Good evening everyone!
I know it’s been a long time since I last posted on the site and I would like to apologize for not having been adding new content since the end of May.
Quite frankly the reason why I’ve been away from the blog from a long time is twofold. First, I am planning my wedding for the end of the year and it is taking me most of my spare time – for those of you who are married, you know what I mean. Second, I had a very bad feeling when I came out of the Level II exam and I was actually quite disappointed. So, I decided to take a break and to focus on the wedding before heading to my summer holidays and to wait for the results. In the end, once it’s done, there is nothing you can do about it.
Tuesday, late in the afternoon, I finally got the crucial CFA e-mail, which noticed me that I had passed the Level II along with 43% of that level’s candidates. I literally jumped out of my chair as if I had scored a goal in the champions league final. Let’s face it, I most certainly had a bit of luck here.
Looking at my “detailed” results (which, as you well know, I’m not allowed to share), I then realized that my work had paid off. Although I did not post about the accounting part because I feel I am not expert enough to really publish something about it, I really paid a lot of attention to this section of the curriculum. And it paid off. As a matter of fact, there is so much weight on this topic in the exam that you can definitely get yourself in a nice position by being confident on the classic exercises. I did practice a lot using Schweser’s QBank and practice exam. In the real exam, I felt accounting questions were not that vicious and hence I managed to score high there. So, for those of you who are taking the Level II next June, spend a lot of time on accounting if you’re not very good at it. The material is quite huge, but as your practice it will start making sens and quite surprisingly there is not much to learn by heart in a way: it is more logic that it might seem at first glance.
Free cash flows are also a major topic of the Level II. Again, when you look at the formulas you might get scared at first glance. However, you should realize that by learning the main formula, you can derive all the other without learning them by heart. Again, even this basic formula might seem quite complicated at the beginning, but it really make sens once you get used to it and I found it quite easy to apply once you understand the rationale behind it.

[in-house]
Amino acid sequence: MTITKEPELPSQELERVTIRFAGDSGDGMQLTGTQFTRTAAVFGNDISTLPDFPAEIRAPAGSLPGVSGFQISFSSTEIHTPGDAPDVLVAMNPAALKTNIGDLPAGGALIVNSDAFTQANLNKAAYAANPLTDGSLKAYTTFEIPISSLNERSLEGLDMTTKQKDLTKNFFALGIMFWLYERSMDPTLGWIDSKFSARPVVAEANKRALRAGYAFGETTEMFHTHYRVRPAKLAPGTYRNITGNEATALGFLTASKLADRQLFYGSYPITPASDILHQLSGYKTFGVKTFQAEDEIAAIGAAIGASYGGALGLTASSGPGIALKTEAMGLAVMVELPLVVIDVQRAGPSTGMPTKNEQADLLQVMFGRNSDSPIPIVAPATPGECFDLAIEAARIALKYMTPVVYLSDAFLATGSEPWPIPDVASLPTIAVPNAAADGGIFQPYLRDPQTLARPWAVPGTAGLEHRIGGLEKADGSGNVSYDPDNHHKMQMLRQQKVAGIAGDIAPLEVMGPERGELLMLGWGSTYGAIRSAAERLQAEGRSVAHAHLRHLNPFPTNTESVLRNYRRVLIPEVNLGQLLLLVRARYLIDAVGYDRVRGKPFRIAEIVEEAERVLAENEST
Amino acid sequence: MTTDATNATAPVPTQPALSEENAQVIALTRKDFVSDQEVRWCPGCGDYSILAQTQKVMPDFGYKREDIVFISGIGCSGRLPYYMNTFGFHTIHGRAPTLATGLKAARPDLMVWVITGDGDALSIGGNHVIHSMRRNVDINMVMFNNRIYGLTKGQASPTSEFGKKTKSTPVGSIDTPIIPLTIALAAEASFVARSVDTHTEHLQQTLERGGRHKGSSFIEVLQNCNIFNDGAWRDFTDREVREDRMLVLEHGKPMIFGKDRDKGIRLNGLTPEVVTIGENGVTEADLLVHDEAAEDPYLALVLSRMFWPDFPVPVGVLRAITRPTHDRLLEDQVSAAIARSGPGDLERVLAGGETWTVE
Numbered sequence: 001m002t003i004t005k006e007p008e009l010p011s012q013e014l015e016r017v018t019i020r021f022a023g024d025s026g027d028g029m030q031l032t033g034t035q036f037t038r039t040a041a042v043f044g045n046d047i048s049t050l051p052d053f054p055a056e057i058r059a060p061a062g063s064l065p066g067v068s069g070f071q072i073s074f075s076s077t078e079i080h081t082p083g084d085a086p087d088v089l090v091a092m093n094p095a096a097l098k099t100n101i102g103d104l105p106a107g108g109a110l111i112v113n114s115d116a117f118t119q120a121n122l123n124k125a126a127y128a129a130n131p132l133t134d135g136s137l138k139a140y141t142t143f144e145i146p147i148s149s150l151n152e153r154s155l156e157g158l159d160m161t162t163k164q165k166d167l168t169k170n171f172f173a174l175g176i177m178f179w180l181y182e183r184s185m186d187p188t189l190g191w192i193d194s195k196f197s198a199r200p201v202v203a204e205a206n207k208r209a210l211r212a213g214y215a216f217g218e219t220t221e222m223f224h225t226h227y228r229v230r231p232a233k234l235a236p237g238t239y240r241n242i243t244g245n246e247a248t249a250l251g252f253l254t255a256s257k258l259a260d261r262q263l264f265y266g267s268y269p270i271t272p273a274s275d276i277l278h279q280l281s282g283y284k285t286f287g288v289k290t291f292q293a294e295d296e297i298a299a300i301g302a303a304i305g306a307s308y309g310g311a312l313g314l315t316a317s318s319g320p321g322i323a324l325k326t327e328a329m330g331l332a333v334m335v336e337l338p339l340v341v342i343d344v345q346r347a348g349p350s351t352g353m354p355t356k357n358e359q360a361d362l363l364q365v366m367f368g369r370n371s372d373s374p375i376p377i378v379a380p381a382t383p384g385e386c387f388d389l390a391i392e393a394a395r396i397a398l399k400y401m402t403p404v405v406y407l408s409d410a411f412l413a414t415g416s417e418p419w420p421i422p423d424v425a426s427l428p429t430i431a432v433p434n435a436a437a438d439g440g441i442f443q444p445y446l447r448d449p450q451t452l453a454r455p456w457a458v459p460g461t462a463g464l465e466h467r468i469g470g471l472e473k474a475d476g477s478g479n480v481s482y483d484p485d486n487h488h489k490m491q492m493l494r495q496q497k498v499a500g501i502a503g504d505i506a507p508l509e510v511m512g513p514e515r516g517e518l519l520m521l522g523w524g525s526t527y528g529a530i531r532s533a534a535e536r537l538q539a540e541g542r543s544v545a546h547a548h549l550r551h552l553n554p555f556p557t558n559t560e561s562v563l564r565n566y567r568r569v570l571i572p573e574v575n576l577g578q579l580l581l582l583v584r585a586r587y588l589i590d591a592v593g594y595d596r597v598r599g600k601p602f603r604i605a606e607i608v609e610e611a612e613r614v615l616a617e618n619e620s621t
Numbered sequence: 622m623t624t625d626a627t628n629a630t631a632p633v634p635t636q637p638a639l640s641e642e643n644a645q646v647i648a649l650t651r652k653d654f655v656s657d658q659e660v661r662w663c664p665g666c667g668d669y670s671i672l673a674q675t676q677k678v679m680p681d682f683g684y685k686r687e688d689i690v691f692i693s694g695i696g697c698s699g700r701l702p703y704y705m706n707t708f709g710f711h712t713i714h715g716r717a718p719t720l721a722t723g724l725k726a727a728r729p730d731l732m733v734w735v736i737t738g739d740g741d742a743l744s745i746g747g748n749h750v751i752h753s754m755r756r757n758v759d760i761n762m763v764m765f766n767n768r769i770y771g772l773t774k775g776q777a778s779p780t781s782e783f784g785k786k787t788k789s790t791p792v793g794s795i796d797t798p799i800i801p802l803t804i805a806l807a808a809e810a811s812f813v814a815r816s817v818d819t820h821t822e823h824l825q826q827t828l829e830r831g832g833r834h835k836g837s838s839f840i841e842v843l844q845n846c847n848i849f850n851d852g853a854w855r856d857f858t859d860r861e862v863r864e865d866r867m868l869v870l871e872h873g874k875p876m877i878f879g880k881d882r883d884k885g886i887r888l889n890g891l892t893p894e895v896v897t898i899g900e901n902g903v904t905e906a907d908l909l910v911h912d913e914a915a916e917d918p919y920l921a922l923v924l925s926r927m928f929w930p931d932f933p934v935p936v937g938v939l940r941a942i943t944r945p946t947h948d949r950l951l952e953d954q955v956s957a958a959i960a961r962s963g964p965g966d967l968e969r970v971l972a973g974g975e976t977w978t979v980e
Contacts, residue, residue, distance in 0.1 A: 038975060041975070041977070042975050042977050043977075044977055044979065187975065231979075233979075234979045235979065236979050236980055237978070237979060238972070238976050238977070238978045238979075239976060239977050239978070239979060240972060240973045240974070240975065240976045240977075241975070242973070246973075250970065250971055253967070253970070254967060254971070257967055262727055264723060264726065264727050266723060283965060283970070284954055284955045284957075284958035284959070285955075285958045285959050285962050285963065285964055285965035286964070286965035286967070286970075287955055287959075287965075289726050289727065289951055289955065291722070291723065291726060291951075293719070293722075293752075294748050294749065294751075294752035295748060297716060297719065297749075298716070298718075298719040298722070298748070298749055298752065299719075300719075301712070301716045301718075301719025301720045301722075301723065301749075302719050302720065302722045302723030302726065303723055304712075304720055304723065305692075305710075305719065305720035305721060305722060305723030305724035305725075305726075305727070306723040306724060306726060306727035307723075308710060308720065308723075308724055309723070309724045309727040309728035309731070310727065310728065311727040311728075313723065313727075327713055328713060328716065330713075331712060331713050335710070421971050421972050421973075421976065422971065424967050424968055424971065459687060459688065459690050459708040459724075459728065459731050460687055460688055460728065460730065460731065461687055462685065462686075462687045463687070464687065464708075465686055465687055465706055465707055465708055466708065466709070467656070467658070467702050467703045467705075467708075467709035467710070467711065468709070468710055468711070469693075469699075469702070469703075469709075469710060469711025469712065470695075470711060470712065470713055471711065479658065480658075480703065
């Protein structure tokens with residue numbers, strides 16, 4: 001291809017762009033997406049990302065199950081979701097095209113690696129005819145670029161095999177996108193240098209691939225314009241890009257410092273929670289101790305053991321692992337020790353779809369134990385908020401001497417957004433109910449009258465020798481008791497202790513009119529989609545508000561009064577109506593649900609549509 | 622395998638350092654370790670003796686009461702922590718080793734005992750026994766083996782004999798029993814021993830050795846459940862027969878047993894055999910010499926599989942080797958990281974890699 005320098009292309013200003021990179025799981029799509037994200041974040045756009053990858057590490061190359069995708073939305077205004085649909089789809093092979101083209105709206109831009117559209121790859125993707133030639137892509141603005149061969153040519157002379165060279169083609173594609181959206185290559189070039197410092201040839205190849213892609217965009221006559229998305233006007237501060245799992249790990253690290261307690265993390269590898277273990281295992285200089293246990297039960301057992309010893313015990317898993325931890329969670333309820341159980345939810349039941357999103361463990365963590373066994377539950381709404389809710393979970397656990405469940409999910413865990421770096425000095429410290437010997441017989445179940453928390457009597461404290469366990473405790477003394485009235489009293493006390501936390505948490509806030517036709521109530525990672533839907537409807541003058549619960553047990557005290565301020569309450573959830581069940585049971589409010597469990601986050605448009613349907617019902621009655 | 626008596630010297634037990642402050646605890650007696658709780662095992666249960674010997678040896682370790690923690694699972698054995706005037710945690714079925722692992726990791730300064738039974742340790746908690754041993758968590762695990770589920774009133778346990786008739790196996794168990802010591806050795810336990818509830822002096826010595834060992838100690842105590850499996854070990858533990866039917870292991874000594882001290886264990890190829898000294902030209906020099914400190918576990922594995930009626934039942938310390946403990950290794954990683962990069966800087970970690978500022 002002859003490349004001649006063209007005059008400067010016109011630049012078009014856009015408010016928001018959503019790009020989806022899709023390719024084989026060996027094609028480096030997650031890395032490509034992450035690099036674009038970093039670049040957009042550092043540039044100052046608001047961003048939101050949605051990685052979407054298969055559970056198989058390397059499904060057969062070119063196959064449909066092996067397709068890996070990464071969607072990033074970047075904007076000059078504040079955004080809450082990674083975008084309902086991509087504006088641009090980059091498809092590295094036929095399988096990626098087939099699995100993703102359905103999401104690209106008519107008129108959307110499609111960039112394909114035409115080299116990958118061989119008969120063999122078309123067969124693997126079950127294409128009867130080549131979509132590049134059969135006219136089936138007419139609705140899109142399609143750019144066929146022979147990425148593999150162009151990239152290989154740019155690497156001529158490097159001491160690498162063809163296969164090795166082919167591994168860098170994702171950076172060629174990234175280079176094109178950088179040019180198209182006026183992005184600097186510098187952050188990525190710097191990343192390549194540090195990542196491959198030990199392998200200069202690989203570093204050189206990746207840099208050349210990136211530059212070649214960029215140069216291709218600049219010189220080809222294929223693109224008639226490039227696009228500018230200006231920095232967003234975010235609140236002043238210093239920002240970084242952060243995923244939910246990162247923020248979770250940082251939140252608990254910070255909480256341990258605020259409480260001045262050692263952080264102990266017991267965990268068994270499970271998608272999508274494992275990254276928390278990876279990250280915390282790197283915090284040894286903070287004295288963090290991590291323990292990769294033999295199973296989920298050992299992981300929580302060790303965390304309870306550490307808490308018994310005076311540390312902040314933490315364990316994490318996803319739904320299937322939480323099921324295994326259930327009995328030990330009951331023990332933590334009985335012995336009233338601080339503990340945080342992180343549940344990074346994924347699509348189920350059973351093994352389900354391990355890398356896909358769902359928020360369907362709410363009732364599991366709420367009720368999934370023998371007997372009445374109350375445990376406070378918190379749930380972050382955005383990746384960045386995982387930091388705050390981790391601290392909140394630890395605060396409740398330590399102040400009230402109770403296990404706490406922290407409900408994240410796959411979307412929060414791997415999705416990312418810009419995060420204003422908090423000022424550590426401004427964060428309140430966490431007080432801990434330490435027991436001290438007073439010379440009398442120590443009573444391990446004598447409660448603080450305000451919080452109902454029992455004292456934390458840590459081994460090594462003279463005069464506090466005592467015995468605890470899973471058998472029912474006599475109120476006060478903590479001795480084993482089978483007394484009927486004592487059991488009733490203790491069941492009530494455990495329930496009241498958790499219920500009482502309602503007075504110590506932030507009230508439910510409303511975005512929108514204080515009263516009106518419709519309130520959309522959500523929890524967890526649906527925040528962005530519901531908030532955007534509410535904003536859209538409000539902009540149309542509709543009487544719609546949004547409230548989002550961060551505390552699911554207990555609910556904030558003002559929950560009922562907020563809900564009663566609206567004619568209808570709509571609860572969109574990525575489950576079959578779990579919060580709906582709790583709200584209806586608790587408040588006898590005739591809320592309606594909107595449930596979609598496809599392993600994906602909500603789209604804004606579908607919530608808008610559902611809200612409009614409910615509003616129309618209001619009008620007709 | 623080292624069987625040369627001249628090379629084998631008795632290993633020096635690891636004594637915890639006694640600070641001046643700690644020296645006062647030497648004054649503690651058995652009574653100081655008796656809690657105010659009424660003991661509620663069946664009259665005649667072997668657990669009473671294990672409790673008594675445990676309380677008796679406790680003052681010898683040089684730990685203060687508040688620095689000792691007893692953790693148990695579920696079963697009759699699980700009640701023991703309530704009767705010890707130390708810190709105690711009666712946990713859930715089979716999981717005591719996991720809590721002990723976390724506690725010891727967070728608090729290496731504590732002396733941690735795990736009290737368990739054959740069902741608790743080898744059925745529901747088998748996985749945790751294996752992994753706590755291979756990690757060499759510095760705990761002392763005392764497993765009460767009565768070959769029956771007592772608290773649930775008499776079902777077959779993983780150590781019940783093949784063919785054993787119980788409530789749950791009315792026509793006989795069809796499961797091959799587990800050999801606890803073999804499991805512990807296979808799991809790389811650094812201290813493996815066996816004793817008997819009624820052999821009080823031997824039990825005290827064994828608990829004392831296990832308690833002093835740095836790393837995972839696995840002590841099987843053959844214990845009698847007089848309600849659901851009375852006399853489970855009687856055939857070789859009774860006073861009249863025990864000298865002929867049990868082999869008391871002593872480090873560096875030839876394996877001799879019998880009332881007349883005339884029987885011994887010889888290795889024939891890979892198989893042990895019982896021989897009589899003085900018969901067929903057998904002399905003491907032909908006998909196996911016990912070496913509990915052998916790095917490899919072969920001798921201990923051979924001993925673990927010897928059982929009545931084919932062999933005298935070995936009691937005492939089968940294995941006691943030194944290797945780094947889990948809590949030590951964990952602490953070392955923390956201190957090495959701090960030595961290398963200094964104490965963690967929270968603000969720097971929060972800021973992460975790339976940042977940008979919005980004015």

Economics and Alternative Investments were the most complicated parts of the curriculum to master in my opinion. In fact, I believe that both these topics require a lot of material to be learnt by heart if you’re not practicing them in your daily job. And I hate learning stuff by heart. Derivatives are of the same kind, but with my quantitative finance academic background, I already knew all the material. Again, if you’re not familiar to derivatives, you will have to grasp a lot of concepts which take time to get accustomed to.
All in all, I would say that the basic strategy is really not to give up on any topic of the curriculum. Of course, there will be part of the material you will not be comfortable with on exam day, but you definitely should have an idea of what’s going on everywhere. If you can’t master something, at least grasp the global picture. This is key because it will most of the time allow you to discard one of the three possible answers. Once this is done, even if you choose randomly between the remaining two answers, your probably of success drastically goes up to 50% instead of the initial 33%. Plus, don’t forget that item sets are composed of questions of various difficulties. Hence, being able to score on the easy questions is critical as it can considerably improve your overall result. Remember that if you get battered in a particular topic, it probably won’t matter what you’ve done in the rest, you will fail the exam; the passing criteria are not public and I suspect there is a minimum score for each of the topics.
To sum up, I’m really happy to be done with this Level II because I heard it was the most difficult of the three for candidates with my profile. I must say that I won’t be disappointed of not having Economics and Financial Accounting in the Level III material, but I will have to work extra hard on my writing skills as the Level III’s morning session consists in writing small essays… not in question sets.
I’ll be back soon with more posts on something else than the CFA!